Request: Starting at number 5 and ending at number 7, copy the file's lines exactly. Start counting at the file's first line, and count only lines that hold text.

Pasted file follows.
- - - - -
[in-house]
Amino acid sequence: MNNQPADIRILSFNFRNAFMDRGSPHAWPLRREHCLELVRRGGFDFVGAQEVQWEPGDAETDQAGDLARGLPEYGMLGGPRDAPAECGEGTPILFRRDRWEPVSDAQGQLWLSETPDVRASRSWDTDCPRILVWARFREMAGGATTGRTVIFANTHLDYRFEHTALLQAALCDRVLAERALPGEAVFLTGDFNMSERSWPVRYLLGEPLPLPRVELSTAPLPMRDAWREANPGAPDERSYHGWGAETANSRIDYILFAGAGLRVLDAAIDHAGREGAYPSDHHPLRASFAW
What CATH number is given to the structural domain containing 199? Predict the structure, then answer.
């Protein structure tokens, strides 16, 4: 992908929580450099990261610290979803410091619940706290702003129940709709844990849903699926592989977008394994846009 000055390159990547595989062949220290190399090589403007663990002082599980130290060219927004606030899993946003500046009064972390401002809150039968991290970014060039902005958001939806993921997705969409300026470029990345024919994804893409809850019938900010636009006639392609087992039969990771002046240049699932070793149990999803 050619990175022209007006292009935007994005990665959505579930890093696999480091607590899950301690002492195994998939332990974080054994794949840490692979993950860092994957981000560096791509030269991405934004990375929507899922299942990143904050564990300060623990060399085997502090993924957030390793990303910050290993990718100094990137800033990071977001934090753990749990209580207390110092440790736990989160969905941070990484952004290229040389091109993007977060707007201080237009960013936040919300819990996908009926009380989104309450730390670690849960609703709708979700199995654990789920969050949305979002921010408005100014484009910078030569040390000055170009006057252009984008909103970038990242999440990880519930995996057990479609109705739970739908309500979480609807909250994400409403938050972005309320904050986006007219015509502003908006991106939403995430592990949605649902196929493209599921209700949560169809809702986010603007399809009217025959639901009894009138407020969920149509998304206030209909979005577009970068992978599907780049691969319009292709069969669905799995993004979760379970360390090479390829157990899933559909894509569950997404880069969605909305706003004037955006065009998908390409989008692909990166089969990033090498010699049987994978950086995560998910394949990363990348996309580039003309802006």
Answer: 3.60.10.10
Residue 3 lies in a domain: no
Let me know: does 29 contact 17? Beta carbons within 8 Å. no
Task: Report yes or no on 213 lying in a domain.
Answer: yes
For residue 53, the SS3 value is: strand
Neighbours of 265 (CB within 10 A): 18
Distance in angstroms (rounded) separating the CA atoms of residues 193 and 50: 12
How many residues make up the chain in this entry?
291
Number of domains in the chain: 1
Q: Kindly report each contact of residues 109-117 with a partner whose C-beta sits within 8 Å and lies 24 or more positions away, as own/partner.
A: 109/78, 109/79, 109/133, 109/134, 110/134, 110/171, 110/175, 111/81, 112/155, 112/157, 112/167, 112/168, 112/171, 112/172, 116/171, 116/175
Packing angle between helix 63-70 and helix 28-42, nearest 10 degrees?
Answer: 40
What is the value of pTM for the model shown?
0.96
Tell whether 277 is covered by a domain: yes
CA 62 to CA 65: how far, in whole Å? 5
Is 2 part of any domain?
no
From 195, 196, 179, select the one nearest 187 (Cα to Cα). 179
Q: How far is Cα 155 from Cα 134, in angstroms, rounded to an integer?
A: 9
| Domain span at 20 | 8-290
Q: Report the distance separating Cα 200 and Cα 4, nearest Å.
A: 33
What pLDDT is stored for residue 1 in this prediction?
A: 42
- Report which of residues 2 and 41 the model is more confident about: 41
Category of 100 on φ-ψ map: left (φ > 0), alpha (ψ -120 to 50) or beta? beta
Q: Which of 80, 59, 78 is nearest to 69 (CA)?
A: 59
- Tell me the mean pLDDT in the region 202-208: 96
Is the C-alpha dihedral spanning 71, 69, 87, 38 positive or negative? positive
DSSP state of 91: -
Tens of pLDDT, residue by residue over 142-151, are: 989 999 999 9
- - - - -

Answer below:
Answer: 3.60.10.10
Residue 3 lies in a domain: no
Let me know: does 29 contact 17? Beta carbons within 8 Å. no